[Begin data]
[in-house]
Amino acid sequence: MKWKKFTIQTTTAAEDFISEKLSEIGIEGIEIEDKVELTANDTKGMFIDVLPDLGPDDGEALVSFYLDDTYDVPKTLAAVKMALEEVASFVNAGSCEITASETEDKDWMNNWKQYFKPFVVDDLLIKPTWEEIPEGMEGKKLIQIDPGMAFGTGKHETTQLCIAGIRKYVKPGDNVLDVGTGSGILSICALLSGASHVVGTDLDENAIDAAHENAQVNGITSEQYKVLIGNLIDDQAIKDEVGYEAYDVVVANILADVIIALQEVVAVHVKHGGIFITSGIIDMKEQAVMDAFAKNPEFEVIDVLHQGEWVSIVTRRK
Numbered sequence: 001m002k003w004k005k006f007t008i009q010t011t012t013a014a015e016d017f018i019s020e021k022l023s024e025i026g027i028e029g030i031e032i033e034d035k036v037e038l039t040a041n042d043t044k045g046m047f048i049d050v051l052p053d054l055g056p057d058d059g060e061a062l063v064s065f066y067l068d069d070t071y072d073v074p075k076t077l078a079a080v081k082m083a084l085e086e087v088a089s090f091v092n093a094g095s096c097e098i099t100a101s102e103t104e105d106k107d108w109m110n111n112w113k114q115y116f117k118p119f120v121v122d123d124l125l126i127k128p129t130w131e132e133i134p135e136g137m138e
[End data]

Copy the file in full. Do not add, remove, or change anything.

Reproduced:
[in-house]
Amino acid sequence: MKWKKFTIQTTTAAEDFISEKLSEIGIEGIEIEDKVELTANDTKGMFIDVLPDLGPDDGEALVSFYLDDTYDVPKTLAAVKMALEEVASFVNAGSCEITASETEDKDWMNNWKQYFKPFVVDDLLIKPTWEEIPEGMEGKKLIQIDPGMAFGTGKHETTQLCIAGIRKYVKPGDNVLDVGTGSGILSICALLSGASHVVGTDLDENAIDAAHENAQVNGITSEQYKVLIGNLIDDQAIKDEVGYEAYDVVVANILADVIIALQEVVAVHVKHGGIFITSGIIDMKEQAVMDAFAKNPEFEVIDVLHQGEWVSIVTRRK
Numbered sequence: 001m002k003w004k005k006f007t008i009q010t011t012t013a014a015e016d017f018i019s020e021k022l023s024e025i026g027i028e029g030i031e032i033e034d035k036v037e038l039t040a041n042d043t044k045g046m047f048i049d050v051l052p053d054l055g056p057d058d059g060e061a062l063v064s065f066y067l068d069d070t071y072d073v074p075k076t077l078a079a080v081k082m083a084l085e086e087v088a089s090f091v092n093a094g095s096c097e098i099t100a101s102e103t104e105d106k107d108w109m110n111n112w113k114q115y116f117k118p119f120v121v122d123d124l125l126i127k128p129t130w131e132e133i134p135e136g137m138e